IOWA CITY, Iowa — In each of the last two seasons, Iowa has employed 10 newcomers in various roles, including many on special teams.
That’s 20 freshmen without the benefit of a redshirt seeing Big Ten action in Big Ten games. Some were used sparingly, such as linebacker Amani Jones on special teams in 2016. Others played more prominent roles, such as tackle Tristan Wirfs, who started eight games last season.
For many, special teams units become a pit stop from high school football to the starting lineup. In the past, players such as Christian Kirksey and Anthony Hitchens came to Iowa in 2010 weighing 195 pounds. After a year on special teams, both moved into primary defensive roles. By 2013, they were 235-pound linebackers. Both start for NFL teams now.
That’s where this year’s crop of freshmen can fit in with the Hawkeyes. That was the case with safety Geno Stone, who arrived in Iowa City shortly after his high school graduation in New Castle, Pa., last June. He worked early on kick coverage and became a major contributor throughout the season. He’s also the primary backup at free safety.
“I didn’t know Geno Stone until all the sudden he’s here in the summer and he’s working on returning balls,” Iowa special teams coach LeVar Woods said. “The next thing you know, he’s out there running down on kickoffs and he ended up leading our team in kickoff tackles last year.”
At least nine incoming Hawkeyes are either defensive backs or linebackers. With three starting linebackers, a starting strong safety and special teams captain Kevin Ward graduating, that means former reserves who previously were earmarked for special teams will move to the first team. That also means multiple newcomers will see action this fall on special teams.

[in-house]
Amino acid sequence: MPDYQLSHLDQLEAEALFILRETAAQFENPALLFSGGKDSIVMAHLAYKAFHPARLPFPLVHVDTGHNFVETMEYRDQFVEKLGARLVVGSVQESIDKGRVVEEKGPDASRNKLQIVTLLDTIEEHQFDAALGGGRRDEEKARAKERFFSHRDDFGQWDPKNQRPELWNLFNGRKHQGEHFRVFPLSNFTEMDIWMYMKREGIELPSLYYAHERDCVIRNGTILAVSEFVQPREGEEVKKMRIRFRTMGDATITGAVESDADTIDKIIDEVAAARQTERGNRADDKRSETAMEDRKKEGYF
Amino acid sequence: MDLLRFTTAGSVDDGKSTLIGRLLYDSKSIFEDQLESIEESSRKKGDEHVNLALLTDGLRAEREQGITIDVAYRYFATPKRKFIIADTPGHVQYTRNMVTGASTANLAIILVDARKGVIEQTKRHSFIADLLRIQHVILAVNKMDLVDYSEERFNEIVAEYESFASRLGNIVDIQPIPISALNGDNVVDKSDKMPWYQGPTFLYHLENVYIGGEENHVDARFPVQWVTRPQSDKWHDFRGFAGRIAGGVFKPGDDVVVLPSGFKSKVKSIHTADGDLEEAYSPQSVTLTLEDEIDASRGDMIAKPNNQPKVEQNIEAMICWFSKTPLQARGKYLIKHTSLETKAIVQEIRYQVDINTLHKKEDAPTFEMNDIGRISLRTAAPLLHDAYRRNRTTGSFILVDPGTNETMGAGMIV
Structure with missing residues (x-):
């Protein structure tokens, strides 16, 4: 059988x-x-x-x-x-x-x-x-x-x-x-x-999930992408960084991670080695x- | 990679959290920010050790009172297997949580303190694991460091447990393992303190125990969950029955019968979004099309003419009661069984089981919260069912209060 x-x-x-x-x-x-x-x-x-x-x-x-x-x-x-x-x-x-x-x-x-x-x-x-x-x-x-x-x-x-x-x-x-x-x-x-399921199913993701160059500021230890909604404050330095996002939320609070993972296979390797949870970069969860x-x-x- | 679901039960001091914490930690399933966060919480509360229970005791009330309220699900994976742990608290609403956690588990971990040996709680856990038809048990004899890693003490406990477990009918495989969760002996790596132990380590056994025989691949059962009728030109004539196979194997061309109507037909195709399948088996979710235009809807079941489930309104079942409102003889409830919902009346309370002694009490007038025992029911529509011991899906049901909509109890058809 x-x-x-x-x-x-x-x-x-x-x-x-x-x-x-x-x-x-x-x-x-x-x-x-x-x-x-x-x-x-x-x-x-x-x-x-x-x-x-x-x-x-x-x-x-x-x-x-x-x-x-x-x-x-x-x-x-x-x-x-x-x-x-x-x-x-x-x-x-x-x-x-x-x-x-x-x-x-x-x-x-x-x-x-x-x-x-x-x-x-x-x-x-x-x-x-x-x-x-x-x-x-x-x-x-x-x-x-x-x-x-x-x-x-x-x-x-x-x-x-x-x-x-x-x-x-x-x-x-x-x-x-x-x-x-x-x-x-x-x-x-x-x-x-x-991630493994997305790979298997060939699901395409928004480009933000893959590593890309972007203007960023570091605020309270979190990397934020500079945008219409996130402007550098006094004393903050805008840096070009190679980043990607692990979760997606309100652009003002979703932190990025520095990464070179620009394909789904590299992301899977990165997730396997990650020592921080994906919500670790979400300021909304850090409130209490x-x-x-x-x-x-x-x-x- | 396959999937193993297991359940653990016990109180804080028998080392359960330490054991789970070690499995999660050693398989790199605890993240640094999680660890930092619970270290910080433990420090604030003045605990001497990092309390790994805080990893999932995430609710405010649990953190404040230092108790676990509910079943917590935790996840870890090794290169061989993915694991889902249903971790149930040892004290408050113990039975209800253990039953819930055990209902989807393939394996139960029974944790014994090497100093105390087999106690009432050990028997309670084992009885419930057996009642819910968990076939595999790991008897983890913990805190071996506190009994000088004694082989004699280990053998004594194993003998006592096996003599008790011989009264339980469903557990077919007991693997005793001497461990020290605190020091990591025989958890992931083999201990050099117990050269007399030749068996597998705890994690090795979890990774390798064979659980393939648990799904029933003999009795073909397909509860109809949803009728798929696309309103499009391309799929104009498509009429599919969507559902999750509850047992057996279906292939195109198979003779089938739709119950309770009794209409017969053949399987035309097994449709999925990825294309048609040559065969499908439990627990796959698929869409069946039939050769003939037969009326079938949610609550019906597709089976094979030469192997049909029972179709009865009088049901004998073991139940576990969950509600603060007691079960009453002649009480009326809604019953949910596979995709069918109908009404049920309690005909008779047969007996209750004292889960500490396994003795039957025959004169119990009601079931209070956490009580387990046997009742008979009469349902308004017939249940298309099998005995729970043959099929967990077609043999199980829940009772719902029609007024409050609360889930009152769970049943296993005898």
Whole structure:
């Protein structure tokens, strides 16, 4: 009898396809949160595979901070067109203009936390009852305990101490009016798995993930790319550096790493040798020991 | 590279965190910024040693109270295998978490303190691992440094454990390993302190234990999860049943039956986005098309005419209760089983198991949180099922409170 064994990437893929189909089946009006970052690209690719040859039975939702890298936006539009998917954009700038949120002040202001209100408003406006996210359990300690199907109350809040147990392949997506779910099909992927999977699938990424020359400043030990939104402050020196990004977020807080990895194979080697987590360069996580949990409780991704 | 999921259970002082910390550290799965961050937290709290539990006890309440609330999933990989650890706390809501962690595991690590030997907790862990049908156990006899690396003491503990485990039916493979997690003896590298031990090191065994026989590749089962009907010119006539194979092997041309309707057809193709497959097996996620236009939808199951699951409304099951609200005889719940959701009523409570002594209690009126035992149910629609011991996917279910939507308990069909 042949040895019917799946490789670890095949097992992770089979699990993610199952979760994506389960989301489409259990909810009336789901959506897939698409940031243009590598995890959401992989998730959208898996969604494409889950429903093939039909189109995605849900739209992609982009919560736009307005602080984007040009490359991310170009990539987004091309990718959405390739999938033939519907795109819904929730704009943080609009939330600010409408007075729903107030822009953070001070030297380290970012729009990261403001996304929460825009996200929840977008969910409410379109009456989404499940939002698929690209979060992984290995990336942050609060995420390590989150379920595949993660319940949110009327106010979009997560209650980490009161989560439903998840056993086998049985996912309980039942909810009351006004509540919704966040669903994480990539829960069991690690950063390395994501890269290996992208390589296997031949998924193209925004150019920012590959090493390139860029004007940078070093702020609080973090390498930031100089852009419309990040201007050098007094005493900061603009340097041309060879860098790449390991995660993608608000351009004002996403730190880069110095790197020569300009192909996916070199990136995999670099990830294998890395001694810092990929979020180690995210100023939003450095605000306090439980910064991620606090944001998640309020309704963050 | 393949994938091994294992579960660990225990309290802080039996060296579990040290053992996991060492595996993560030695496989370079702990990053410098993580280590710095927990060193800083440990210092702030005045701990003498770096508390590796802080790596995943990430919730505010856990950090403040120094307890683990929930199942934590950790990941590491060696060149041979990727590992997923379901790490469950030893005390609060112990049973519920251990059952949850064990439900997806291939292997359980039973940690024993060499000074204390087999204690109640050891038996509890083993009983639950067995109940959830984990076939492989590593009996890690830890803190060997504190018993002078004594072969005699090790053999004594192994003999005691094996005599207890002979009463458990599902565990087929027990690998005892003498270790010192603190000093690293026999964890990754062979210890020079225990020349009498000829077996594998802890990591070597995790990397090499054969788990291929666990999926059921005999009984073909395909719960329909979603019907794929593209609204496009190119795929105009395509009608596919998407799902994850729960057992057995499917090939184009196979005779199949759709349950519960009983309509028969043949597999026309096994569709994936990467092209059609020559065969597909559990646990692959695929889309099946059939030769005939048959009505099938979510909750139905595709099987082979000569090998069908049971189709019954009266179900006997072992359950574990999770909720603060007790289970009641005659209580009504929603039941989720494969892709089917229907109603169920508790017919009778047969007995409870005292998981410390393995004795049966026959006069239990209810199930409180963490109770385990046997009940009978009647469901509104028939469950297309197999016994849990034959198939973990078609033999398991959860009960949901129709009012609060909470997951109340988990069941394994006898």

Last year, all three new defensive backs — Stone, Matt Hankins, Noah Clayberg — saw action on special teams. Four other freshmen did as well: receivers Max Cooper and Ihmir Smith-Marsette and running back Ivory Kelly-Martin returning punts or kicks, and punter Ryan Gersonde. Five other players did the same thing in 2016.
Iowa’s top candidates to see special teams action in their first fall at Iowa include defensive backs Dallas Craddieth, Julius Brents, D.J. Johnson, Kaevon Merriweather and Terry Roberts, as well as linebackers Dillon Doyle and Jayden McDonald. But none of those decisions have been made.
“That will be what we do in June, end of May or early June,” Woods said. “We’ll go through and evaluate everyone’s tape trying to slot them where we see them in each phase, what position in each phase then we’ll work them like crazy to find out where they’re at.
“Right now, I can’t give you an idea, but [we have] a lot of linebacker bodies, a lot of safety bodies. Those typically tend to be more pronounced as special teams players. We’ll evaluate that as it comes through, but I predict there’s going to be guys out there like last year.”
As with Hitchens and Kirksey, Iowa has used special teams as a proving ground for newcomers. It gets the players used to Big Ten action so the physical nature is not brand new when they are promoted to starting positions. Iowa coach Kirk Ferentz described that philosophy 10 years ago when he didn’t redshirt linebacker A.J. Edds so he’d be ready to start as a sophomore. Edds played plenty of special teams and he became a terrific linebacker for the Hawkeyes.
“The A.J. Edds analogy, that bit of playing they did as freshmen really propelled them forward faster than if we had redshirted them,” Ferentz said back in 2008. “That’s helped me rethink things a bit, too. A.J.’s example has factored in there a bit with some guys.”
That strategy hasn’t changed. Jake Gervase and Brandon Snyder, each of whom has started at free safety since 2016, are leaving after this season. Somebody needs to get ready for 2019, whether it’s Stone, Craddieth, Brents or another player. Special teams helps them prepare for that role.